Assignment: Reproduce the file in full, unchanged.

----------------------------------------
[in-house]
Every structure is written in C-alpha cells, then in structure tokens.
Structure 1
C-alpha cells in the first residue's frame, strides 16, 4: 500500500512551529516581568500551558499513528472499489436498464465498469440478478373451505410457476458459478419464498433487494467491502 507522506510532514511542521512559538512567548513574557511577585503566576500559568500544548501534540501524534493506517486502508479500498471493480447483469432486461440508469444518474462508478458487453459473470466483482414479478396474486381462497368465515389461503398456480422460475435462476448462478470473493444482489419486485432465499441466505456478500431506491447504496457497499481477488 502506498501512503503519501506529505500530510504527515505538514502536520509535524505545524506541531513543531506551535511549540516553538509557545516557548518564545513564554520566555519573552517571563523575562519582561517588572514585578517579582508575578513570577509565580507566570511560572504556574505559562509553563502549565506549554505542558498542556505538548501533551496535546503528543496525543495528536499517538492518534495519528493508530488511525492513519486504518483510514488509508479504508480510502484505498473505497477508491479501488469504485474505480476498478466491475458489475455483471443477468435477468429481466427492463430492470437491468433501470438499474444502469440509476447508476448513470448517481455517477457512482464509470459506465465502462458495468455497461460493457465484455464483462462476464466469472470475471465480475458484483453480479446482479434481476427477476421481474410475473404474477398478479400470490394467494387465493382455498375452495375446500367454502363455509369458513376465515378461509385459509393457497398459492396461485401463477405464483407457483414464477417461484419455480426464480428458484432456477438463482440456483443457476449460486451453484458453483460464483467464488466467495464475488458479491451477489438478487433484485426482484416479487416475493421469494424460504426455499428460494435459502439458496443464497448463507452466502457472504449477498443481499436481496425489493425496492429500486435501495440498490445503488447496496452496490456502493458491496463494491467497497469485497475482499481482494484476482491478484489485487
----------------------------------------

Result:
[in-house]
Every structure is written in C-alpha cells, then in structure tokens.
Structure 1
C-alpha cells in the first residue's frame, strides 16, 4: 500500500512551529516581568500551558499513528472499489436498464465498469440478478373451505410457476458459478419464498433487494467491502 507522506510532514511542521512559538512567548513574557511577585503566576500559568500544548501534540501524534493506517486502508479500498471493480447483469432486461440508469444518474462508478458487453459473470466483482414479478396474486381462497368465515389461503398456480422460475435462476448462478470473493444482489419486485432465499441466505456478500431506491447504496457497499481477488 502506498501512503503519501506529505500530510504527515505538514502536520509535524505545524506541531513543531506551535511549540516553538509557545516557548518564545513564554520566555519573552517571563523575562519582561517588572514585578517579582508575578513570577509565580507566570511560572504556574505559562509553563502549565506549554505542558498542556505538548501533551496535546503528543496525543495528536499517538492518534495519528493508530488511525492513519486504518483510514488509508479504508480510502484505498473505497477508491479501488469504485474505480476498478466491475458489475455483471443477468435477468429481466427492463430492470437491468433501470438499474444502469440509476447508476448513470448517481455517477457512482464509470459506465465502462458495468455497461460493457465484455464483462462476464466469472470475471465480475458484483453480479446482479434481476427477476421481474410475473404474477398478479400470490394467494387465493382455498375452495375446500367454502363455509369458513376465515378461509385459509393457497398459492396461485401463477405464483407457483414464477417461484419455480426464480428458484432456477438463482440456483443457476449460486451453484458453483460464483467464488466467495464475488458479491451477489438478487433484485426482484416479487416475493421469494424460504426455499428460494435459502439458496443464497448463507452466502457472504449477498443481499436481496425489493425496492429500486435501495440498490445503488447496496452496490456502493458491496463494491467497497469485497475482499481482494484476482491478484489485487